Public debate about the U.S.-Taliban agreement has surfaced the question whether it is a peace deal or “just” a withdrawal deal.

What Kind of Deal Has the U.S. Made with the Taliban?

Public debate about the U.S.-Taliban agreement has surfaced the question whether it is a peace deal or “just” a withdrawal deal. This is the wrong question to ask because the former characterization oversells the agreement and the latter undervalues it.

The deal is not a peace agreement. Even full implementation of the terms that are within the four corners of the four-page agreement would not alone bring peace to Afghanistan. Only a political settlement among the Afghan parties to the conflict can do that. The U.S.-Taliban deal does, however, create an opportunity for that political settlement to be achieved by committing the Taliban to enter into intra-Afghan negotiations – but it is so far only an opportunity.

The deal is unquestionably a withdrawal agreement, in that it sets out terms for the complete withdrawal of foreign forces from Afghanistan. But the withdrawal commitment is inextricably linked to the potential for a negotiated peace. In light of the Taliban’s longstanding primary demand for the complete end of the foreign military presence in Afghanistan, there is no prospect of a political settlement of the war that does not include the promise of a U.S. military withdrawal. If there was ever to be such a settlement, sooner or later the U.S. would have to commit to pulling out. Making that commitment prior to the start of peace negotiations among Afghans, rather than in connection with the outcome, was a U.S. concession to the Taliban, but it was one the U.S. probably had to make to jump-start talks. Years of U.S. efforts to catalyze peace negotiations without making that sequencing concession had failed precisely for that reason.

The U.S. has a starker choice to make than some would prefer. Either it can keep military forces in Afghanistan indefinitely or it can enable the possibility of a political settlement by agreeing to withdraw its forces; it cannot do both. Some who are uncomfortable with both perpetuation of “endless war” and the risk entailed by complete withdrawal have suggested that the U.S. military should draw down but maintain a small number of forces in Afghanistan. These suggestions fail, however, to grapple with the Taliban’s refusal to countenance to a continued foreign military presence no matter the size.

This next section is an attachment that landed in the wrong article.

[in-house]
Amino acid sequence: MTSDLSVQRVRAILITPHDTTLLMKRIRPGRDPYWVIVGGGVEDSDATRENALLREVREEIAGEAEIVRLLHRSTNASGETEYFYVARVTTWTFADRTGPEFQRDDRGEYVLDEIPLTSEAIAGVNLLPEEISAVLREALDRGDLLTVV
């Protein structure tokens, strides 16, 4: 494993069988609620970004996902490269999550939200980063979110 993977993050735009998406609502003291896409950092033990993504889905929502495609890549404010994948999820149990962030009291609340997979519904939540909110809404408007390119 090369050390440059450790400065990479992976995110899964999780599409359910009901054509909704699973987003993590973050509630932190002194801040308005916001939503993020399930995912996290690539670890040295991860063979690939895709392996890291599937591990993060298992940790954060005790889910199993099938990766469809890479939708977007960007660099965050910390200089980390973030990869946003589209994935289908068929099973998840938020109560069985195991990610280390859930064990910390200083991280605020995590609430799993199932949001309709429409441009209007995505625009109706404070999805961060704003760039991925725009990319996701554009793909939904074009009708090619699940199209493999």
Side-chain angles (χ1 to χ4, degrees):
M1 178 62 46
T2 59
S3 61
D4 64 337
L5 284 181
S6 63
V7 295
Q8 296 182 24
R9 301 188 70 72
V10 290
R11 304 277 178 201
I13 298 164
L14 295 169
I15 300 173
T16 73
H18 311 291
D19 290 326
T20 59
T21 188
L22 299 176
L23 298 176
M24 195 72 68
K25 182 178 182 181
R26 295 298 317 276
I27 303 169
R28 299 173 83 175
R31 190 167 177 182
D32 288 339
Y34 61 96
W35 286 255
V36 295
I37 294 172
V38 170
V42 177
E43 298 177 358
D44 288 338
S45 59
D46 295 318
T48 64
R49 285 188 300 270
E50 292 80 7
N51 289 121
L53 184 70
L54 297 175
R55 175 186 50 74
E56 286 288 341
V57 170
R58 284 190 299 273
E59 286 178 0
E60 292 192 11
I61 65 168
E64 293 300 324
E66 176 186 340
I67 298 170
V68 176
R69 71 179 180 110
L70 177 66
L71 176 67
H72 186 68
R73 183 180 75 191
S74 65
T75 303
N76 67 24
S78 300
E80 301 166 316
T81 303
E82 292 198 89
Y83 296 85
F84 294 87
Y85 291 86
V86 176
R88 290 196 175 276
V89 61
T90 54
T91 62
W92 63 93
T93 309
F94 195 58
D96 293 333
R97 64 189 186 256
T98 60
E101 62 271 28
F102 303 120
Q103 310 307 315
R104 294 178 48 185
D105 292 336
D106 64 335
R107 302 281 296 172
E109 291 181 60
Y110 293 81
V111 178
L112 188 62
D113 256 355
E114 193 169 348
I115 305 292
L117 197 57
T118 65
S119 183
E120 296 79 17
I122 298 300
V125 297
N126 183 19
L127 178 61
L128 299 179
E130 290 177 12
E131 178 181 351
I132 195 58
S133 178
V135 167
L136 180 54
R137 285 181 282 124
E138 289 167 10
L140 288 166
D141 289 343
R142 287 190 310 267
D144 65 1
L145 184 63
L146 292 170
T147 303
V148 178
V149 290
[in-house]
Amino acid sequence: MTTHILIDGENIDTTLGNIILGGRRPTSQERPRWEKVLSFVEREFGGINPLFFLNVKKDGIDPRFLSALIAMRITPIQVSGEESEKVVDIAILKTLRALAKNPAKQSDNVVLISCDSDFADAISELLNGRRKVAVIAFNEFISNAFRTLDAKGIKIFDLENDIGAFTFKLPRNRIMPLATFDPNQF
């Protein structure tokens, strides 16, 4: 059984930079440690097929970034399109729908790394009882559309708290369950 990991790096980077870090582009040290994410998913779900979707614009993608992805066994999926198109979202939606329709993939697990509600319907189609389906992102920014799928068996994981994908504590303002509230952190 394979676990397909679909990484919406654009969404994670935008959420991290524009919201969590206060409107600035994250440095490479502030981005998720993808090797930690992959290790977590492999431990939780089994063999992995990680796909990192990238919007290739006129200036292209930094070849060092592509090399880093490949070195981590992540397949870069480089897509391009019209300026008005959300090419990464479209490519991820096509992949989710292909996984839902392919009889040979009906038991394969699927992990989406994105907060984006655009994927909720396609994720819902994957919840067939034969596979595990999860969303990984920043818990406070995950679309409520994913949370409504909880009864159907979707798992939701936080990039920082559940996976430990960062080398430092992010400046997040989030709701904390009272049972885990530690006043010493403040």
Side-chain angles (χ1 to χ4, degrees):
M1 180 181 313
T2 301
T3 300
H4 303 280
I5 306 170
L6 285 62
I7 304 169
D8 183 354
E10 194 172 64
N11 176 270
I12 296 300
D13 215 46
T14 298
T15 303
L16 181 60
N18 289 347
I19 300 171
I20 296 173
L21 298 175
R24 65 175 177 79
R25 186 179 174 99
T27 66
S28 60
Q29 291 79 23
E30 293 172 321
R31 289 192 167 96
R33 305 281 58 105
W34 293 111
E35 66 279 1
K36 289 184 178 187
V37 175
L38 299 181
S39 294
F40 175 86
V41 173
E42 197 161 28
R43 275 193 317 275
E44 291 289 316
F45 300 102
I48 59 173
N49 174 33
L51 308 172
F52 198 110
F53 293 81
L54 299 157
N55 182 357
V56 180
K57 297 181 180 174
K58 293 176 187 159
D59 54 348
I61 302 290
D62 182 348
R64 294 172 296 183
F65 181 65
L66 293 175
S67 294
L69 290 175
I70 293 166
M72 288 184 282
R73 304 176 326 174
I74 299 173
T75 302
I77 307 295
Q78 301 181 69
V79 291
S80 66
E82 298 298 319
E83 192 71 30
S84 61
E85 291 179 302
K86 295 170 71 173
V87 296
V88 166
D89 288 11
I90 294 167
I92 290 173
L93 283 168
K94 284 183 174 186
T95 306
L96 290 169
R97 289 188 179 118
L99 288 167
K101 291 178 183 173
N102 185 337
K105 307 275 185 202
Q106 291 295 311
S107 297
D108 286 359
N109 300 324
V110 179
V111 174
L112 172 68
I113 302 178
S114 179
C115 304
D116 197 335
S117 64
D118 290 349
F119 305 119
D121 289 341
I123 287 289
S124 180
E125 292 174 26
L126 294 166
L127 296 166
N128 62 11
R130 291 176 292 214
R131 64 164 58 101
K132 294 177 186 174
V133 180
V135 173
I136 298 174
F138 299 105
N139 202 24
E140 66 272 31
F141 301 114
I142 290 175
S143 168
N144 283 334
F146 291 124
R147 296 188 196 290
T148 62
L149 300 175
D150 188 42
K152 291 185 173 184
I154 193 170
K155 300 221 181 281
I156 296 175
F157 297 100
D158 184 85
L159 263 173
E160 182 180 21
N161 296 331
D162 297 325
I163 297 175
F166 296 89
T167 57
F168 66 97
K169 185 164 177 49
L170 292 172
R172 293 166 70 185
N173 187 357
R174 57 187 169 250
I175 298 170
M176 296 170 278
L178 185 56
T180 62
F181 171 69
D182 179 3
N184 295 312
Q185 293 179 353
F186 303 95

Because the agreement calls for a complete military withdrawal within 14 months, it appears to signify that the U.S. has now made this choice. But this is another respect in which the agreement contains some ambiguity. U.S. officials have emphasized repeatedly that the withdrawal commitment is conditions-based. As already noted, the condition (there is only one) – Taliban “commitment and action” on its anti-terrorism “obligations” – is very briefly stated. The U.S. appears to have left itself wide latitude to judge the specific nature and sufficiency of Taliban “action”. The Taliban may dispute U.S. judgments in this regard but it will not be able to compel the U.S. to accept an interpretation at variance with an American one.

Secretary of Defense Mark Esper added to the uncertainty by asserting an additional condition not in the text of the agreement in an opinion piece published on 29 February.[fn]“Defense Secretary Mark Esper: This is our chance to bring troops home from Afghanistan for good”, Washington Post, 29 February 2020, https://www.washingtonpost.com/opinions/2020/02/29/defense-secretary-mark-esper-this-is-our-chance-bring-troops-home-afghanistan-good/.
 Hide Footnote
 He stated that the U.S. troop presence would be reduced “to a goal of zero in 2021” if “progress on the political front between the Taliban and the current Afghan government continues”, and that stalled progress probably would translate into suspension of the drawdown. This suggestion of conditionality outside the actual text muddies the deal.